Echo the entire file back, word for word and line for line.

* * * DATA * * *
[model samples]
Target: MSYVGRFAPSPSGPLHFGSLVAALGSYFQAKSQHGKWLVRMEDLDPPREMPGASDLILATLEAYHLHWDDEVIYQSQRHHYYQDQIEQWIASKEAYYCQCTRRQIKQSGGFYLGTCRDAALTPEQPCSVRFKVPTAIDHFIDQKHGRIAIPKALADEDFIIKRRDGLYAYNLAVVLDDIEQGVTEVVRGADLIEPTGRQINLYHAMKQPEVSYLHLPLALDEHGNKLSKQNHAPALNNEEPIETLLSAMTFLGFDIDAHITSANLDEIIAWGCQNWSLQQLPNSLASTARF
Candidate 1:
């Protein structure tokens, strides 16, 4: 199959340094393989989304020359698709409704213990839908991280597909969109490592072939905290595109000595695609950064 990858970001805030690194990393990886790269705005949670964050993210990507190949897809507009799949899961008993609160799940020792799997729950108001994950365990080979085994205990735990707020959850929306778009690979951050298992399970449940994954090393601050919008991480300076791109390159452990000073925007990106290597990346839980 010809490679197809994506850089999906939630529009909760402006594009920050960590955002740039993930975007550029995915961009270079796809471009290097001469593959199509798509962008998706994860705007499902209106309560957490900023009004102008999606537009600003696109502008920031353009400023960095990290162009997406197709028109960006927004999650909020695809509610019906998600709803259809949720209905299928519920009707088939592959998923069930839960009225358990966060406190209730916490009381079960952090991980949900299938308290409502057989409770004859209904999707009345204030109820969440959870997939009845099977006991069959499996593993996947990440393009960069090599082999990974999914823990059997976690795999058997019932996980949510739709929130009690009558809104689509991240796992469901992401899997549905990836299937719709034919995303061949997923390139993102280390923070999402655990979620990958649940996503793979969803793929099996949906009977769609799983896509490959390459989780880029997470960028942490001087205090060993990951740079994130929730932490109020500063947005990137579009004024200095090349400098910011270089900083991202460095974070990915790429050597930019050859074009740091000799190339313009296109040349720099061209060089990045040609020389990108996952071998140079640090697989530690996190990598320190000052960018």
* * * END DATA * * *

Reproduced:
[model samples]
Target: MSYVGRFAPSPSGPLHFGSLVAALGSYFQAKSQHGKWLVRMEDLDPPREMPGASDLILATLEAYHLHWDDEVIYQSQRHHYYQDQIEQWIASKEAYYCQCTRRQIKQSGGFYLGTCRDAALTPEQPCSVRFKVPTAIDHFIDQKHGRIAIPKALADEDFIIKRRDGLYAYNLAVVLDDIEQGVTEVVRGADLIEPTGRQINLYHAMKQPEVSYLHLPLALDEHGNKLSKQNHAPALNNEEPIETLLSAMTFLGFDIDAHITSANLDEIIAWGCQNWSLQQLPNSLASTARF
Candidate 1:
């Protein structure tokens, strides 16, 4: 199959340094393989989304020359698709409704213990839908991280597909969109490592072939905290595109000595695609950064 990858970001805030690194990393990886790269705005949670964050993210990507190949897809507009799949899961008993609160799940020792799997729950108001994950365990080979085994205990735990707020959850929306778009690979951050298992399970449940994954090393601050919008991480300076791109390159452990000073925007990106290597990346839980 010809490679197809994506850089999906939630529009909760402006594009920050960590955002740039993930975007550029995915961009270079796809471009290097001469593959199509798509962008998706994860705007499902209106309560957490900023009004102008999606537009600003696109502008920031353009400023960095990290162009997406197709028109960006927004999650909020695809509610019906998600709803259809949720209905299928519920009707088939592959998923069930839960009225358990966060406190209730916490009381079960952090991980949900299938308290409502057989409770004859209904999707009345204030109820969440959870997939009845099977006991069959499996593993996947990440393009960069090599082999990974999914823990059997976690795999058997019932996980949510739709929130009690009558809104689509991240796992469901992401899997549905990836299937719709034919995303061949997923390139993102280390923070999402655990979620990958649940996503793979969803793929099996949906009977769609799983896509490959390459989780880029997470960028942490001087205090060993990951740079994130929730932490109020500063947005990137579009004024200095090349400098910011270089900083991202460095974070990915790429050597930019050859074009740091000799190339313009296109040349720099061209060089990045040609020389990108996952071998140079640090697989530690996190990598320190000052960018």